This webinar will introduce producers to online calculators that can help make those decisions. It will specifically focus on the Beef Cow Value calculator and using it to make cow herd expansion decisions. In addition to the economic tools the webinar will also look at utilizing risk management options such as Pasture Rangeland and Forage (PRF), Livestock Risk Protection (LRP) and Whole Farm Revenue Protection (WFRP) insurance.

Animal Care Webinar is March 7

The next Animal Care Wednesday Webinar will be on Wednesday, March 7th, 11:00 am CST / 10:00 am MT. Ben Weinheimer, Vice President - Texas Cattle Feeders Association, will be discussing Sustainability’s role in animal care and health – where are we at?.

Sustainability has been a buzz word throughout animal agriculture in recent years. Tune in for an update on how the beef industry has been working to address this challenging topic.

Join the webinar:

Contact Kim Clark, Extension Educator, Dairy at or 402-472-6065 for more information or questions.


For the month of February 2018, topsoil moisture supplies rated 4 percent very short, 22 short, 72 adequate, and 2 surplus, according to the USDA’s National Agricultural Statistics Service. Subsoil moisture supplies rated 3 percent very short, 28 short, 68 adequate, and 1 surplus.

Field Crops Report:

Winter wheat condition rated 0 percent very poor, 5 poor, 52 fair, 38 good, and 5 excellent.

The next monthly report (for March) will be issued March 26, 2018. Weekly reports will begin April 2nd for the 2018 season.

Capturing Value in Cropping Systems using Cattle, April 4

A conference on how to “Capture Value in Cropping Systems using Cattle,” will be held Wednesday, April 4, 9:00 a.m. - 3:30 p.m. at ENREC (formerly ARDC) near Mead.

Nebraska Extension has developed a unique learning and networking opportunity for cattle operators and cropping individuals.  The day will feature UNL graduate students, research and extension personnel working on the projects, as well as, first-hand insight from producers utilizing cover crops as forages in their cropping rotation in eastern Nebraska.

Program topics will include:
* The UNL Beef Systems Initiative: can we sustainably produce more with the same resources?
* Nitrate toxicity: what is the potential when grazing cover crops?
* Oats planted after high moisture corn or silage: how much grazing can we get?
* Using triticale for spring grazing in soybean systems? 
* Grazing rye planted in corn and soybean systems: how do the cattle and crops perform?

Pre-register online by March 30 at: For questions, contact Nebraska Extension in Saunders County at (402) 624-8030 or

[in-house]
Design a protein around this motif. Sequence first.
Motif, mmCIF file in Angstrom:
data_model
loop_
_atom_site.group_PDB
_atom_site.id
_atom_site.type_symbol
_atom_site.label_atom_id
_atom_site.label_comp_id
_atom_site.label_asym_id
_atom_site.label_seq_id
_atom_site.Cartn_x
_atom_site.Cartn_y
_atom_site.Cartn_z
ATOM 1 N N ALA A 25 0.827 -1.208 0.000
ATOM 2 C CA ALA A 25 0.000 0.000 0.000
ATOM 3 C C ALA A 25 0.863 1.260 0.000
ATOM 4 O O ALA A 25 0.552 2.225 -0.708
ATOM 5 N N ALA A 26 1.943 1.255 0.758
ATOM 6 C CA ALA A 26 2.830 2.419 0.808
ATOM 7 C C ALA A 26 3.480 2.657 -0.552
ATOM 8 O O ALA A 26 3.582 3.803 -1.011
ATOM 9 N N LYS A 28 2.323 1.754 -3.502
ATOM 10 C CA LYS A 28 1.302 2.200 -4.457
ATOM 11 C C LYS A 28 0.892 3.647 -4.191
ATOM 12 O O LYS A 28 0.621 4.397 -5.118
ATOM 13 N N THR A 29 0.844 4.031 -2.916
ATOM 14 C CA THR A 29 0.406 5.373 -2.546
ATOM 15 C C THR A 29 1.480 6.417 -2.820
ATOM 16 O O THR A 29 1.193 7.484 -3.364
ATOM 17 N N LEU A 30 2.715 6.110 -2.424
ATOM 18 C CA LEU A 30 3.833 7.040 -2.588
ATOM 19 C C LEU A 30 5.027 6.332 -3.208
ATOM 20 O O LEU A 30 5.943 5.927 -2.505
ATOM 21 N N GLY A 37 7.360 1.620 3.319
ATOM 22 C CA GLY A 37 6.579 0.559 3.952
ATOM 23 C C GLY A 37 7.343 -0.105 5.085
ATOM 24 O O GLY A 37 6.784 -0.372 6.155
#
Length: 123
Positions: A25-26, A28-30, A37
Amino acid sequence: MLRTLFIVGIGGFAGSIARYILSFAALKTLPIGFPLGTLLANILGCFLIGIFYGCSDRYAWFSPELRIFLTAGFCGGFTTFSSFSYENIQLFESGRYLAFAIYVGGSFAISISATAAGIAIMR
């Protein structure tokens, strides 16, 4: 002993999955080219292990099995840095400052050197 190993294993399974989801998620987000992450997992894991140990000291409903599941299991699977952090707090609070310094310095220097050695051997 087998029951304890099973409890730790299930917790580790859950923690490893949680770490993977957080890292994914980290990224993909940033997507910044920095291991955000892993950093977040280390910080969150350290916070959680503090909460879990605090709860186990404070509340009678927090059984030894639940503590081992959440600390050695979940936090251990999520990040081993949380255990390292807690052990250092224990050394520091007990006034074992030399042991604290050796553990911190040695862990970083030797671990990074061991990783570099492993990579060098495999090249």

Farm Finance and Ag Law Clinics this March

Openings are available for one-on-one, confidential farm finance and ag law consultations being conducted across the state each month. An experienced ag law attorney and ag financial counselor will be available to address farm and ranch issues related to financial planning, estate and transition planning, farm loan programs, debtor/creditor law, water rights, and other relevant matters. The clinics offer an opportunity to seek an experienced outside opinion on issues affecting your farm or ranch.

Clinic Sites and Dates
    Grand Island — Thursday, March 1
    Fairbury — Wednesday, March 7
    North Platte — Thursday, March 8
    Lexington — Thursday, March 15
    Norfolk — Wednesday, March 21

To sign up for a free clinic or to get more information, call Michelle at the Nebraska Farm Hotline at 1-800-464-0258.  The Nebraska Department of Agriculture and Legal Aid of Nebraska sponsor these clinics.

NCGA to President Trump: We Cannot Accept Changes to the Renewable Fuel Standard

The National Corn Growers Association, along with other agricultural organizations, sent a letter to President Trump on Monday, calling on the President to maintain the integrity of the RFS.

“We appreciate the President’s support of the RFS since the early days of his campaign,” said NCGA President Kevin Skunes. “Rural America supported President Trump last year, now we need the President to support rural America.  Supporting policy changes that undermine the RFS will hurt farmers, renewable fuel plant workers, and rural America.”

The U.S. Department of Agriculture projects 2018 net farm income will decline an additional $4.3 billion this year, a 6.7 percent reduction from 2017 levels. This represents the lowest net farm income, in nominal dollars, since 2006 and is a 50-percent decline in net farm income since 2013.

The letter to the President disputes the recent claims made by an East Coast refinery that the RFS is to blame for their recent bankruptcy.  “Mismanagement of a single refinery should not be used as an excuse for undoing ten-years of sound policy,” Skunes added.  “Last November, the EPA concluded RIN values are not causing economic harm to refiners. The failings of one company should not be used to destroy a successful energy policy that serves not only millions of farmers who rely on strong market demand created by the RFS, but the hundreds of ethanol and biodiesel plants and tens of thousands of plant workers. The reality is, most refiners are reporting double-digit profit increases.”